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Chinese dredging vessels seen in the waters around Mischief Reef in the disputed Spratly Islands in the South China Sea in this video image taken by a P-8A Poseidon surveillance aircraft provided by the U.S. Navy, May 21, 2015.

Chinese dredging vessels seen in the waters around Mischief Reef in the disputed Spratly Islands in the South China Sea in this video image taken by a P-8A Poseidon surveillance aircraft provided by the U.S. Navy, May 21, 2015.

China Rejects Hague's South China Sea Ruling as "US-Led Conspiracy"

Ruling in favor of the Philippines, tribunal court "cut the legal heart out of China’s claim" to the disputed marine region

Lauren McCauley

An international tribunal at the Hague overwhelmingly rejected China's claims to the South China Sea on Tuesday, in a move that observers say is likely to stoke tensions between the Asian powerhouse and its primary rival, the United States.

The Permanent Court of Arbitration ruled that under the United Nations Convention on the Law of the Sea (UNCLOS), China's actions have violated the sovereign rights of the Philippines, which brought the case to court. Further, the court ruled that China's practice of dredging sand to build artificial islands on the region's disputed reefs has caused "severe harm to the coral reef environment." 

Summarizing the ruling, Gareth Evans, Chancellor of the Australian National University and former Australian foreign minister, wrote Tuesday that "the tribunal cut the legal heart out of China’s claim that the sea is, in effect, a Chinese lake."

He explains: "The PCA ruled that China’s 'nine-dash line,' a 1940s-era delineation that implies ownership by China of 80% of the South China Sea, is legally meaningless. It also made clear that China’s recent land-reclamation activity, turning submerged or otherwise uninhabitable reefs into artificial islands with airstrips or other facilities, confers no new rights to the surrounding waters or any authority to exclude others from sailing or flying nearby."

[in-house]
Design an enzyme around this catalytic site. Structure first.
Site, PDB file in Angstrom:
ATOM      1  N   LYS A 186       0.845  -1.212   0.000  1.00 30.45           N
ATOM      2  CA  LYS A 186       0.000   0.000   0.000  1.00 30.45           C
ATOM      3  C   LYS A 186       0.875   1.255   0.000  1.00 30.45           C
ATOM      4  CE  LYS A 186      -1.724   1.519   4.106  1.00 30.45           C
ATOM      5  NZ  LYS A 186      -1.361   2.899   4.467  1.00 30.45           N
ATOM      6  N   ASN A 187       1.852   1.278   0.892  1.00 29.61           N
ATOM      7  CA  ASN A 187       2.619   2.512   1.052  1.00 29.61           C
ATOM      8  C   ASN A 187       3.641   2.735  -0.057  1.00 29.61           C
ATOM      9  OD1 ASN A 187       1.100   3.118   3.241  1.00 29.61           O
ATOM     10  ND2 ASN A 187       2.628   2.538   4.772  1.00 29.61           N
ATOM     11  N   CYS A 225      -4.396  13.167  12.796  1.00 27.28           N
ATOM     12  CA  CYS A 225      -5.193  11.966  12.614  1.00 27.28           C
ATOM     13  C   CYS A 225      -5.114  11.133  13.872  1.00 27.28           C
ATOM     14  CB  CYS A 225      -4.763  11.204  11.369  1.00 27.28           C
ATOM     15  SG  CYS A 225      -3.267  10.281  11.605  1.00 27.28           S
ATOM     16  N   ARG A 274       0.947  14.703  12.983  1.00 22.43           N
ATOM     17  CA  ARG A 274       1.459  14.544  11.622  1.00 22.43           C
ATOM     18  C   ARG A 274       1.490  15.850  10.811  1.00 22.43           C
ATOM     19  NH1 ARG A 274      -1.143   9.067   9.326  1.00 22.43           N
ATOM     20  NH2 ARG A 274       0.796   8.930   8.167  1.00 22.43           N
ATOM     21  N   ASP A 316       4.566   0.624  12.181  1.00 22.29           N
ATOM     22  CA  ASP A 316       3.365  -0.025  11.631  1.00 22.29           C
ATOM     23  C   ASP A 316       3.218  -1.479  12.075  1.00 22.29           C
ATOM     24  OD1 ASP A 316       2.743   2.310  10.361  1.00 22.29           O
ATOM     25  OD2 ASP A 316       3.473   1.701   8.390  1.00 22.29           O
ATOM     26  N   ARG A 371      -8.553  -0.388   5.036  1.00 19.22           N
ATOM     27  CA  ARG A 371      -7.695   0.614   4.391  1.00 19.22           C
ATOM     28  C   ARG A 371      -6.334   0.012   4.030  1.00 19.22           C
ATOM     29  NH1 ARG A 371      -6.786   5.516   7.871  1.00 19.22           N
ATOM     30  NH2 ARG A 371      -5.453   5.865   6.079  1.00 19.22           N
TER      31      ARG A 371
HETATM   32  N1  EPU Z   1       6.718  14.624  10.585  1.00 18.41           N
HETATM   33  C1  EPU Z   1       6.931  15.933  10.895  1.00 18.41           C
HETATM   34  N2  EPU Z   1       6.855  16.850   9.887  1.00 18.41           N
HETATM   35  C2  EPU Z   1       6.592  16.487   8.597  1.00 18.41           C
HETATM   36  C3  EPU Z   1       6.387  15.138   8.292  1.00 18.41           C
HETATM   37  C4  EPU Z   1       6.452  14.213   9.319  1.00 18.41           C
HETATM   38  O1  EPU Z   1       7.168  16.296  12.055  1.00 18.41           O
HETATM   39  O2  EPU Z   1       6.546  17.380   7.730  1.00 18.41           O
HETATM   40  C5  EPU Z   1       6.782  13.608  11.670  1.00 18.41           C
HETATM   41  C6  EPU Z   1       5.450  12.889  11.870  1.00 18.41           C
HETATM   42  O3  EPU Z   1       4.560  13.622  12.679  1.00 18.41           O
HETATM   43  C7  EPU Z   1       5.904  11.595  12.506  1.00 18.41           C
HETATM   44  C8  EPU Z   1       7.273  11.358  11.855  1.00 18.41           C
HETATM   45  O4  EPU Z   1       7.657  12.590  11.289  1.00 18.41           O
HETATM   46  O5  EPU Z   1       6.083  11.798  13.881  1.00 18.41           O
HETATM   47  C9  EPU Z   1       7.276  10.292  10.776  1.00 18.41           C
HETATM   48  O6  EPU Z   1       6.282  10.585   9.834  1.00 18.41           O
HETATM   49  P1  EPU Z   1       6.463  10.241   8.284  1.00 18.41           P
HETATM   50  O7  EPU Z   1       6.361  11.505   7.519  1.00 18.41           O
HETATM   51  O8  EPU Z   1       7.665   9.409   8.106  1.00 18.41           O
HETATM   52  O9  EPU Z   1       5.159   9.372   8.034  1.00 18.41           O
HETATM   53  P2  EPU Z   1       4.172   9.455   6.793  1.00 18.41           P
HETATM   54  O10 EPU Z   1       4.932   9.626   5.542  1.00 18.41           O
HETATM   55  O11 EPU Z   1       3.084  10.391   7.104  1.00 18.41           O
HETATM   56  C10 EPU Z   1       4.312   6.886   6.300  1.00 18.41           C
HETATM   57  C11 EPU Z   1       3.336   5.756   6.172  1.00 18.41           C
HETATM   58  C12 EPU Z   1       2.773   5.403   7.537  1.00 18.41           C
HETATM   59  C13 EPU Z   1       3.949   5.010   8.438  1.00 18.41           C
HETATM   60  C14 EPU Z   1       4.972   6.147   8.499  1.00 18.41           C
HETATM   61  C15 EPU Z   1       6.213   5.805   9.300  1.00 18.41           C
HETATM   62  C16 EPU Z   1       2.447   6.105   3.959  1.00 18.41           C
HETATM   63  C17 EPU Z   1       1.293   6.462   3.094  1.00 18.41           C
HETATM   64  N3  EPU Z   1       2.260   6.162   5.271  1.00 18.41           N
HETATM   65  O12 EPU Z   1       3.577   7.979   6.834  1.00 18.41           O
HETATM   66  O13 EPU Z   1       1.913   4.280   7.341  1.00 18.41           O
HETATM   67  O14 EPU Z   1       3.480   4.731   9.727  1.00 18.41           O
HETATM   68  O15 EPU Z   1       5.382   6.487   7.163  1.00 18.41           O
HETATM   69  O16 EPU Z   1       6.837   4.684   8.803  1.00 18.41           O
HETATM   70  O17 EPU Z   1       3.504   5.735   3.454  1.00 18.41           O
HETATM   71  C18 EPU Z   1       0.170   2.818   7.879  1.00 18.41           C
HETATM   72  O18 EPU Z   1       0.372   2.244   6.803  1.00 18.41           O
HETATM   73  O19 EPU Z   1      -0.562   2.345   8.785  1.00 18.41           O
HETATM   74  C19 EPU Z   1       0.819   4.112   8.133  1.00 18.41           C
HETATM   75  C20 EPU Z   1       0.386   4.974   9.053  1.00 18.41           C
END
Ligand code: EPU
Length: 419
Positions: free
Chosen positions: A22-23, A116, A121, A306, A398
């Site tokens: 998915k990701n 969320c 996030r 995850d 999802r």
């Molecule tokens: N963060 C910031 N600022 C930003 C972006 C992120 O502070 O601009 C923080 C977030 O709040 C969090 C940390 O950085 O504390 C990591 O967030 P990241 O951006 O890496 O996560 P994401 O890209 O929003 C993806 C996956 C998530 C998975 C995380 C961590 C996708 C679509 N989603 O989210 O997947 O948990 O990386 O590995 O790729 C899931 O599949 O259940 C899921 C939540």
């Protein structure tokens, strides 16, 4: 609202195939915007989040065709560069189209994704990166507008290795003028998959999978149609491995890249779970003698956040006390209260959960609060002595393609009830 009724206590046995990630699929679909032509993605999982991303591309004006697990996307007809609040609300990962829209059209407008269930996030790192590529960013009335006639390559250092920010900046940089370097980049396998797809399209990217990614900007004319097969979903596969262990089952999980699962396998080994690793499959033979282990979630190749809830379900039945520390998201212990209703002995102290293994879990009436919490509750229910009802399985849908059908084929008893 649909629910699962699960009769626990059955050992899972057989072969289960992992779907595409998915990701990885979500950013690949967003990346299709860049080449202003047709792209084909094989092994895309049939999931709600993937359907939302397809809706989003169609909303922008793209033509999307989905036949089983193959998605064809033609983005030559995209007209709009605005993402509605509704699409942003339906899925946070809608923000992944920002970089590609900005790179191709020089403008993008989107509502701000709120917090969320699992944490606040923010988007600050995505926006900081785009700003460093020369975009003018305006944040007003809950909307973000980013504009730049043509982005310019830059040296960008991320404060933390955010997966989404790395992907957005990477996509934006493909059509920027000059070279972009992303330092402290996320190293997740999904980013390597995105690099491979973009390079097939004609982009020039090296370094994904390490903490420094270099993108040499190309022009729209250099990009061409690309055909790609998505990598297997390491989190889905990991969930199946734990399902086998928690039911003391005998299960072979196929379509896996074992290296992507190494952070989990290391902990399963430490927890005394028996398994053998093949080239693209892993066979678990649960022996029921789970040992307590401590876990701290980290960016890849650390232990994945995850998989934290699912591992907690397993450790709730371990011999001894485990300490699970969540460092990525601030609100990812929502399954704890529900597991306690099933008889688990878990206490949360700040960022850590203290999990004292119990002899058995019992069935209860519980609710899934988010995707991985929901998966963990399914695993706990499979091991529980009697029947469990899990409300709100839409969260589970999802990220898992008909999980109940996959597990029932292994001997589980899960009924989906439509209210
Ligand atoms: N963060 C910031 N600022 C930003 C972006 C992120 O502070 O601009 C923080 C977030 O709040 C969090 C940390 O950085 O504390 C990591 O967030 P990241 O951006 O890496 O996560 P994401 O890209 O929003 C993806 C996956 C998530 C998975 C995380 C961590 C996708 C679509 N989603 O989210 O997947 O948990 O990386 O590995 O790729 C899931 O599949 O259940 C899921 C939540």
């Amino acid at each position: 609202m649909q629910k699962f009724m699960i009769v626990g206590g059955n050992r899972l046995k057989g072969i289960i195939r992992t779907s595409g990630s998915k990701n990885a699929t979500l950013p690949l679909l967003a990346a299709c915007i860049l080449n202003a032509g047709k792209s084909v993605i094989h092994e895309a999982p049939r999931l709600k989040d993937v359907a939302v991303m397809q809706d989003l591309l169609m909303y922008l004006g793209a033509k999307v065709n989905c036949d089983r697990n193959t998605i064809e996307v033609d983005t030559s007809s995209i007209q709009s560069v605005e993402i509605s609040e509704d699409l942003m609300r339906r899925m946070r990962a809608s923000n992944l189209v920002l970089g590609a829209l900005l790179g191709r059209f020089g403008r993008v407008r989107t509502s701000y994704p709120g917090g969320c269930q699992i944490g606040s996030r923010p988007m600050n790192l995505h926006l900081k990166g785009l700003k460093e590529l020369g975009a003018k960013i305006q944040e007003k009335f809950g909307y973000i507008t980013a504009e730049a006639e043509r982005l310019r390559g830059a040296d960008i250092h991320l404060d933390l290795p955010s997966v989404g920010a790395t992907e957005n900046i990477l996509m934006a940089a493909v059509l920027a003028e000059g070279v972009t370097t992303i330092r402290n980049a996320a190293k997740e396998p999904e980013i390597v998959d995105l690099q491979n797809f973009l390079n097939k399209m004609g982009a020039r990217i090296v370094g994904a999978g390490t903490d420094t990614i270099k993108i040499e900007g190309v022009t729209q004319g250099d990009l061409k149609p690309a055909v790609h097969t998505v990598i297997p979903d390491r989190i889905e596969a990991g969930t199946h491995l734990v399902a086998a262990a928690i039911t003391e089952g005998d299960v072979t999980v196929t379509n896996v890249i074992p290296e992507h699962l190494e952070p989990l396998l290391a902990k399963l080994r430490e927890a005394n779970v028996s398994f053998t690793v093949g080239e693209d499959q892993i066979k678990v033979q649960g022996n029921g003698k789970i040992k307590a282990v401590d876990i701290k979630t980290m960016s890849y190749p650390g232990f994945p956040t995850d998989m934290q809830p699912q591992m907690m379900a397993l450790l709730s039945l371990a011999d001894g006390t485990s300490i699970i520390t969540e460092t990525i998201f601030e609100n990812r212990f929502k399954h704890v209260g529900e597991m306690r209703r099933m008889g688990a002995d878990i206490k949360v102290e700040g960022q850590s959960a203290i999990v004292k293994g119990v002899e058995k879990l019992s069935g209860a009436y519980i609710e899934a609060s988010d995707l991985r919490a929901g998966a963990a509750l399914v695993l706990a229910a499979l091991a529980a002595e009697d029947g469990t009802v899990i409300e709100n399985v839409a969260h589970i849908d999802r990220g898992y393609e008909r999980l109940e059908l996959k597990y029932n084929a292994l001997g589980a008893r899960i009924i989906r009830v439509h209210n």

However, the court has no powers of enforcement over the binding ruling, despite the fact that both China and the Philippines are signatories of the UNCLOS, and the Chinese government was quick to reject the finding as "naturally null and void"

Wang Xiaohui, editor-in-chief of news site China.org denounced the arbitration in an op-ed Tuesday as a "U.S.-led conspiracy."

"For the U.S., sabotaging the relations between China and [Association of Southeast Asian Nations] countries is an effective way to hinder China's development," Xiaohui wrote, "apart from being a best solution with low cost and high efficiency to increase Southeast Asian countries' dependence on it."

Indeed, the Philippines is not the only other Pacific nation involved in the territory dispute. China has asserted its sovereignty "over maritime areas that span 3.5m square kilometers but are also claimed by Vietnam, Taiwan, Malaysia, Brunei, the Philippines and Japan," the Guardian reports.

What's more, this area is thought to contain abundant fisheries, "significant oil and gas reserves, and is a route for about $4.5tn (£3.4tn) in trade," comprising as much as half of all commercial shipping lanes, the Guardian notes.

Under the banner of a "pivot to Asia," the United States in recent years has routinely used warship and drone patrols in the region in an attempt to dissuade China's territory claims—actions which have been interpreted as provocative.

The Guardian's Simon Tisdall argues that while the Philippines had hoped the court ruling would provide a "peaceful, international acceptable solution to its long-running maritime dispute with China," it "may do the exact opposite."

And now that China has publicly rejected the court ruling and said it will not comply, how the other parties react remains to be seen.

"If China takes a hardline path, or fails to moderate its behavior significantly in the months ahead, the case for further international pushback by countries like [Australia]— including freedom-of-navigation voyages within 12 nautical miles of Mischief Reef and other artificial islands in that category— will become compelling," Evans writes.

"But right now," he concludes, "it is in everyone’s interest to give China some space to adjust course and to reduce, rather than escalate, regional tensions."


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